So anxious about my surgery was I that I wrote a 3 page letter to the anesthesia service detailing my concerns about my care. I spoke to the person who assigned the cases to be sure to get a younger doc who routinely monitored propofol with a BIS.

When I met my anesthesiologist on the morning of surgery, May 6, 2008, I was able to convince him to run my propofol between 60-75 and give my 50 mg ketamine 3 minutes before my incision.

My surgeon, John Moreland, typically performs 5 THRs every Tuesday & Thurday. That 50 mg ketamine 3 minutes PRIOR to stimulation was the only difference between my anesthetic experience and the thousands of THRs before mine. The floor nurses were ‘blinded’ to my little experiment.

After my 2 mg midazolam premedication wore off in PACU, I was transferred to the floor. I spent another 48 hours on the floor before being discharged home.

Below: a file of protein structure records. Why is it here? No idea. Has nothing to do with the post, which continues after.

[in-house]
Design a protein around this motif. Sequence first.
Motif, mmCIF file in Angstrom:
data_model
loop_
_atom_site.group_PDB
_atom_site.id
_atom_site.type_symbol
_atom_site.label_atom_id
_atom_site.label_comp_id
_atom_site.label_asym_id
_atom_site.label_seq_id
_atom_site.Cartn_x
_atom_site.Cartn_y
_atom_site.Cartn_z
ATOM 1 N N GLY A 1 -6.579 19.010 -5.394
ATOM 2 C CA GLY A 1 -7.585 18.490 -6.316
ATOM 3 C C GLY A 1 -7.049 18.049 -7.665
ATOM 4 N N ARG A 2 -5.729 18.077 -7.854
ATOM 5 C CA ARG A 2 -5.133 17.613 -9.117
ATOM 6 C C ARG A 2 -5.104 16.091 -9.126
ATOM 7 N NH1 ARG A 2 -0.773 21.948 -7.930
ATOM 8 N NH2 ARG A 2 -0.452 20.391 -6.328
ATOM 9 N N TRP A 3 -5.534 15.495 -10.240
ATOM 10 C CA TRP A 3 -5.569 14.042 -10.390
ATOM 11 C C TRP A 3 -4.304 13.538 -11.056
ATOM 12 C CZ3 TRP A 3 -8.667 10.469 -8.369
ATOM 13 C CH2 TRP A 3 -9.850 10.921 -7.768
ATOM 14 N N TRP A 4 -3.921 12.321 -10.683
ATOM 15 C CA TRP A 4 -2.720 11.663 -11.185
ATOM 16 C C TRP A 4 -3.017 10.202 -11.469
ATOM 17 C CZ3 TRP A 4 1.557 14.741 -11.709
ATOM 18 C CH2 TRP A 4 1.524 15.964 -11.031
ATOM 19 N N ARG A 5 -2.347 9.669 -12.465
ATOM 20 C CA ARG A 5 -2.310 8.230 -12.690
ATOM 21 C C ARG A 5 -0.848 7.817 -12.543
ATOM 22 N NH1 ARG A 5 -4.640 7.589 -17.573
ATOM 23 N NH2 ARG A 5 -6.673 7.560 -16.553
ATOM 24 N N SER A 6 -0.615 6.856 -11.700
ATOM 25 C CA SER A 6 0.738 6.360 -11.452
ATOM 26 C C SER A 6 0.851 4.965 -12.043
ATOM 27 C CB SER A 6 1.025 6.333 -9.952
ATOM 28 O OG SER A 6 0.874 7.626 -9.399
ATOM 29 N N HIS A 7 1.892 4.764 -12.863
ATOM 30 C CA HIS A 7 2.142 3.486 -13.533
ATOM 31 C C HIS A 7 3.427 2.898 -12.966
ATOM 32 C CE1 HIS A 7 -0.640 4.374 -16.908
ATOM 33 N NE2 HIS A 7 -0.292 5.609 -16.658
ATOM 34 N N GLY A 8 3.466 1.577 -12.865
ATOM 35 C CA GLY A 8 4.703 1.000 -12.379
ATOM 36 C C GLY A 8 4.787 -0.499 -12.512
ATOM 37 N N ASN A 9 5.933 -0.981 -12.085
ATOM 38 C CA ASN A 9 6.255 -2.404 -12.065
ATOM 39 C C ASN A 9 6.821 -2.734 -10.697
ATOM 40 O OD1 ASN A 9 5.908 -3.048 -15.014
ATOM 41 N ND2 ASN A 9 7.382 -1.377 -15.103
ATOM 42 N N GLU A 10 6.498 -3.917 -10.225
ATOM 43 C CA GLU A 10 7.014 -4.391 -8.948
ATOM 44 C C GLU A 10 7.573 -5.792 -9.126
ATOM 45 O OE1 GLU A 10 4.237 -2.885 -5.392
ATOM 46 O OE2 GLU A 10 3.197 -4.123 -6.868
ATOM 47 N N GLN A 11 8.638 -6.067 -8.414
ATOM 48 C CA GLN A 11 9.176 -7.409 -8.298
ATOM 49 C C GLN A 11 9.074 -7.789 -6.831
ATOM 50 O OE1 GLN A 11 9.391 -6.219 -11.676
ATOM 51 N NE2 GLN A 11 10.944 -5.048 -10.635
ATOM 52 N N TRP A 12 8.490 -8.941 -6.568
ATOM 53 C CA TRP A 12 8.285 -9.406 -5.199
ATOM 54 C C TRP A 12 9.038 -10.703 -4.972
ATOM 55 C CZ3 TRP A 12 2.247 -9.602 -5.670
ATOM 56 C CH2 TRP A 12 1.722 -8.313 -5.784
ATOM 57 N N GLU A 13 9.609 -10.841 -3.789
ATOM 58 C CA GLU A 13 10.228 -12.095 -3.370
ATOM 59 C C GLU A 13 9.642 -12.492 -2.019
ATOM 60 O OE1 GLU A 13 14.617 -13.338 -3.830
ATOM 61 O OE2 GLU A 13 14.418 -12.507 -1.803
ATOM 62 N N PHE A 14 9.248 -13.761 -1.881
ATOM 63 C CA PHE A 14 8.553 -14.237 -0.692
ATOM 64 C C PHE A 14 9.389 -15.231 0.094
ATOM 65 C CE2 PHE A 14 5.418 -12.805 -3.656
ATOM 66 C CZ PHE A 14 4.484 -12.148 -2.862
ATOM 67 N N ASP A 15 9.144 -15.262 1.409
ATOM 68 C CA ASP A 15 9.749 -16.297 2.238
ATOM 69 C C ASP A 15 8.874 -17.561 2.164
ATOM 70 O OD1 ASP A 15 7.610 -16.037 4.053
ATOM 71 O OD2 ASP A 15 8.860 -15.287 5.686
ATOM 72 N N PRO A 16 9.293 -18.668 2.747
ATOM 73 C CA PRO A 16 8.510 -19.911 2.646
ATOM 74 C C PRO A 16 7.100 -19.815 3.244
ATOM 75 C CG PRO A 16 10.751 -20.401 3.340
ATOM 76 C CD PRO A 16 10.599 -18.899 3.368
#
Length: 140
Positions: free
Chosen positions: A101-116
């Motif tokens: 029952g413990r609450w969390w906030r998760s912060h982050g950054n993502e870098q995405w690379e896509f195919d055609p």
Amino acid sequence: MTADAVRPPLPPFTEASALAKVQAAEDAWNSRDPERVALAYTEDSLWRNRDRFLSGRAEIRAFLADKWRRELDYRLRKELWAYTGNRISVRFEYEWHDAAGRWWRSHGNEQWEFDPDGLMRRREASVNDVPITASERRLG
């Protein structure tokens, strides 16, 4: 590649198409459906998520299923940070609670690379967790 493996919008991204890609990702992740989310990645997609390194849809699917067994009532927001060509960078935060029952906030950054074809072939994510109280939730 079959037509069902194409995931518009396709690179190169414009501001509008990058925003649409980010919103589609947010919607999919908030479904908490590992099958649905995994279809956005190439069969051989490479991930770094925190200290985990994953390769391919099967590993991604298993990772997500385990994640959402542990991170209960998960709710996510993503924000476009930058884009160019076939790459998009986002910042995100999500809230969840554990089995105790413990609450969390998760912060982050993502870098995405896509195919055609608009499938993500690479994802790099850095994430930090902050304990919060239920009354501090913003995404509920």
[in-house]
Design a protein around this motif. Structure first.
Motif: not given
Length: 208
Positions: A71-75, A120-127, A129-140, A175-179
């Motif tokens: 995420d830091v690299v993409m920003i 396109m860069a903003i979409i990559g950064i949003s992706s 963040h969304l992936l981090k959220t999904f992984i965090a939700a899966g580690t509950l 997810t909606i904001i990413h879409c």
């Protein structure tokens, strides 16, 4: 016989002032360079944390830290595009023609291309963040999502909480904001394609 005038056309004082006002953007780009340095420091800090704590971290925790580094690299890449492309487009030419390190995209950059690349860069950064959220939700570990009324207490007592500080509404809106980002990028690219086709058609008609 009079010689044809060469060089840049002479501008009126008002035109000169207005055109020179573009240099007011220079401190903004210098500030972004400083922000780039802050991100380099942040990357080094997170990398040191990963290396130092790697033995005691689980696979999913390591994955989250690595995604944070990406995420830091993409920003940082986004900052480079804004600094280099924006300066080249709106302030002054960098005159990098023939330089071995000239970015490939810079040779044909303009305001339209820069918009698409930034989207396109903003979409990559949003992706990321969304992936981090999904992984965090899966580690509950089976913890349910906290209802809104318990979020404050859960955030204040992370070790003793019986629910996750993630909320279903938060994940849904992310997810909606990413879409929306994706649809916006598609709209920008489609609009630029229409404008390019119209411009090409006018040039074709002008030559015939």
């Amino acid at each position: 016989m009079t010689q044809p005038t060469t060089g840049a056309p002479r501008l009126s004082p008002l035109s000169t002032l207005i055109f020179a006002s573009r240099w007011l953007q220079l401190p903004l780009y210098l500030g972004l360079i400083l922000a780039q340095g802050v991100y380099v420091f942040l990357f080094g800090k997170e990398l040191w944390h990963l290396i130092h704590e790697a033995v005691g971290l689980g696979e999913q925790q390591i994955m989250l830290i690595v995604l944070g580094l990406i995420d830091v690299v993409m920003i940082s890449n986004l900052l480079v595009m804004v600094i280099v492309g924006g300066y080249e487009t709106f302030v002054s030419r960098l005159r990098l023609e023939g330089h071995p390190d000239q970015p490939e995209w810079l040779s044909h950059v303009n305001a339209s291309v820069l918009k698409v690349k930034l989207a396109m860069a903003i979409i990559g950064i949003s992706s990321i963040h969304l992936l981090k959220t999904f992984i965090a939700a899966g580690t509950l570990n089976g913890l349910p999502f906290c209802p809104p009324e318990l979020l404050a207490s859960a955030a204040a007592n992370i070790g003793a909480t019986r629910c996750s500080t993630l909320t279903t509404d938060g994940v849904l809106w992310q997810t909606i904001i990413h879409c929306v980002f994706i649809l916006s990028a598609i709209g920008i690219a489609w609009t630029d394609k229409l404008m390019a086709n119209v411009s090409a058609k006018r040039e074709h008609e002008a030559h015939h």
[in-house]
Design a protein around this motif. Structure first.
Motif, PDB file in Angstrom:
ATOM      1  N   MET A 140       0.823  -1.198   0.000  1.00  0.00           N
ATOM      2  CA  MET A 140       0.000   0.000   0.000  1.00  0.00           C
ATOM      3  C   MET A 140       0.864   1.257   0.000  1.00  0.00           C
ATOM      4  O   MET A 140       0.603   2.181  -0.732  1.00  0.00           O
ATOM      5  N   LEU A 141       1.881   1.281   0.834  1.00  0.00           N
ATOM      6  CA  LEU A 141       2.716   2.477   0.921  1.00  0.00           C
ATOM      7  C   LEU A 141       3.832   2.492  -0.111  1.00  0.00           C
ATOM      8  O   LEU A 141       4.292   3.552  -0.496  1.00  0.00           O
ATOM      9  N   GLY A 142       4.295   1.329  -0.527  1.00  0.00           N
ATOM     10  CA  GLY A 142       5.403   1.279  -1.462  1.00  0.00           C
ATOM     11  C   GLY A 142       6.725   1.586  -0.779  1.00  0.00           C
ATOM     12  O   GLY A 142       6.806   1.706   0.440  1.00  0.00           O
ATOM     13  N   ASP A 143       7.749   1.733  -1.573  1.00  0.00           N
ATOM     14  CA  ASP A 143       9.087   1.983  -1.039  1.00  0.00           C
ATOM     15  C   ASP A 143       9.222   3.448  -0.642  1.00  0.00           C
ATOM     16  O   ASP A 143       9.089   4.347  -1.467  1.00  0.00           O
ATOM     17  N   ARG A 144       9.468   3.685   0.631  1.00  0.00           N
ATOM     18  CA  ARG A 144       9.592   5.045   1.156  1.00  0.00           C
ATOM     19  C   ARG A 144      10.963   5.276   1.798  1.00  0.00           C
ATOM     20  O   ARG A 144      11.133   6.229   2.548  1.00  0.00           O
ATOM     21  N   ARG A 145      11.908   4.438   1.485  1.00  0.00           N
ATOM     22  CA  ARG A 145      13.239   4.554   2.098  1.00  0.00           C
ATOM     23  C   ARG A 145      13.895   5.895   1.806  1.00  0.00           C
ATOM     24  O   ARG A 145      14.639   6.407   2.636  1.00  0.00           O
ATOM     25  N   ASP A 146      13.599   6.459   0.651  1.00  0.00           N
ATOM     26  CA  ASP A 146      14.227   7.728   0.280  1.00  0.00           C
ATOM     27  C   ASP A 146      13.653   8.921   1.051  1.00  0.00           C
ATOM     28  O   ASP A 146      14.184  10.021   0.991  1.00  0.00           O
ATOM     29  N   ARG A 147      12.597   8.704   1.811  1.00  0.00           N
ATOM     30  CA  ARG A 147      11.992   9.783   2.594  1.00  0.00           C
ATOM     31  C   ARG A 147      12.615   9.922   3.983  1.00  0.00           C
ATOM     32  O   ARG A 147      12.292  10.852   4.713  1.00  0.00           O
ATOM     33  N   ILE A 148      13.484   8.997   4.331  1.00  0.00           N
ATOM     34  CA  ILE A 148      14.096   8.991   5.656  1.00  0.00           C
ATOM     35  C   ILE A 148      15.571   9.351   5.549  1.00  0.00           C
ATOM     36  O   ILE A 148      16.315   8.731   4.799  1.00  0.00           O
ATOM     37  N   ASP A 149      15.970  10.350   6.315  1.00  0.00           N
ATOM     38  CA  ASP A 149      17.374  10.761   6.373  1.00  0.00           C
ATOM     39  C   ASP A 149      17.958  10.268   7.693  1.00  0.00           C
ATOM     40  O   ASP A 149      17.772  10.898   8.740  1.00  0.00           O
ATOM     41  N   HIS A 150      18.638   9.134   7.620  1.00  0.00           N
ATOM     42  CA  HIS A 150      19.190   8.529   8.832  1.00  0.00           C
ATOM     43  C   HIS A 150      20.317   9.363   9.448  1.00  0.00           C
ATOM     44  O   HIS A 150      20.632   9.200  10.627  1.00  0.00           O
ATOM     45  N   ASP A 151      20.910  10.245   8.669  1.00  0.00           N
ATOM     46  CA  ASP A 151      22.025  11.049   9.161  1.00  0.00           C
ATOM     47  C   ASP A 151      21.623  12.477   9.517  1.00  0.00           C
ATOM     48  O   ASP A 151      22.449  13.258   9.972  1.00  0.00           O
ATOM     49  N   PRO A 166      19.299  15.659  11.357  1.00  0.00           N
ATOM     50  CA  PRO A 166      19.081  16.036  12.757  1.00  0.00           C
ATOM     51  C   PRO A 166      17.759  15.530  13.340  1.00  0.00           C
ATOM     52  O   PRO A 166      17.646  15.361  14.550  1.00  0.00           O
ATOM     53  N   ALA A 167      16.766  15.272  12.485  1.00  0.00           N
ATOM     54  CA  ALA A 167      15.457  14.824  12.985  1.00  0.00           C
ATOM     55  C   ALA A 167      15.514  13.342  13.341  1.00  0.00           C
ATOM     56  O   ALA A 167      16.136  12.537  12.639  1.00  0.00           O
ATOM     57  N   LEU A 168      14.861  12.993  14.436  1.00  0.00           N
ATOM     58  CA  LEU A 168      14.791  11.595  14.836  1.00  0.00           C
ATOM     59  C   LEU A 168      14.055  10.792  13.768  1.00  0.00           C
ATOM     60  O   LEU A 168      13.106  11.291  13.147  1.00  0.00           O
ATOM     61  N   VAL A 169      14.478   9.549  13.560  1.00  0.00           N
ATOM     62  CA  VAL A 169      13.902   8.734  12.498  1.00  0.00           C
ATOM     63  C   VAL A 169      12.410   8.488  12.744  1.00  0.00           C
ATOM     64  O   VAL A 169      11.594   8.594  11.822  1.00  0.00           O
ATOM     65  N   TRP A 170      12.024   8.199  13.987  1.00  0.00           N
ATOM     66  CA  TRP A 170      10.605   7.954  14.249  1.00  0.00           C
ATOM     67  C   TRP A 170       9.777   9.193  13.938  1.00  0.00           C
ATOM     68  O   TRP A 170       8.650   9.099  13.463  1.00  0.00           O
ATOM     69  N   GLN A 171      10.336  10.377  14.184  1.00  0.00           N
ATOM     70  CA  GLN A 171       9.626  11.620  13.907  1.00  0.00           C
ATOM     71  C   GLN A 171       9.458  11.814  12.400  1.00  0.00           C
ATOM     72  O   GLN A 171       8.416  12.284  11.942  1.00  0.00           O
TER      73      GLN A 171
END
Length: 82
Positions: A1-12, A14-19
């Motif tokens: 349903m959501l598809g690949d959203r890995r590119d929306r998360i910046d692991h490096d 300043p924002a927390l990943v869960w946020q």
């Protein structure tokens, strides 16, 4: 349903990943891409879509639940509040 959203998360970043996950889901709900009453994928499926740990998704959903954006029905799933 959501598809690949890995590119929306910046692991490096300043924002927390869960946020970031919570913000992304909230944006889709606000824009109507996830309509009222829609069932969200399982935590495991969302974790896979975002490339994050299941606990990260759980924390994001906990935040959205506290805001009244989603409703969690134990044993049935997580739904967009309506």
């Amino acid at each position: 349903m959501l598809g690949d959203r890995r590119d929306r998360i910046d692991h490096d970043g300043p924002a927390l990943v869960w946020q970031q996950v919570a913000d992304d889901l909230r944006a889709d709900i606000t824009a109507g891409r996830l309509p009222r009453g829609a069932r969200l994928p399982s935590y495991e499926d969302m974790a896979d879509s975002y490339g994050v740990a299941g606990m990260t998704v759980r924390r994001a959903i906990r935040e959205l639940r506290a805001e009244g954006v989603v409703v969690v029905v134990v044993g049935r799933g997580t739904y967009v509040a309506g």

During my stay, I required nothing for pain. Subsequently, I required nothing for PONV secondary to the opioids that are frequently used for postoperartive pain management.

Some may be willing to attribute the pain free postop course to the preop & postop local anesthetic wound infiltration and the 100 ug Duramorph in the SAB, but the floor nurses told me they still had to medicate the THRs for pain.

The most interesting aspect of my stay was the spontaneous and unrehearsed comment from each and every floor nurse that came to check on me:

“Dr. Friedberg, are you sure you had your surgery? We’ve NEVER seen a THR look like you. You don’t LOOK like you’ve had surgery.”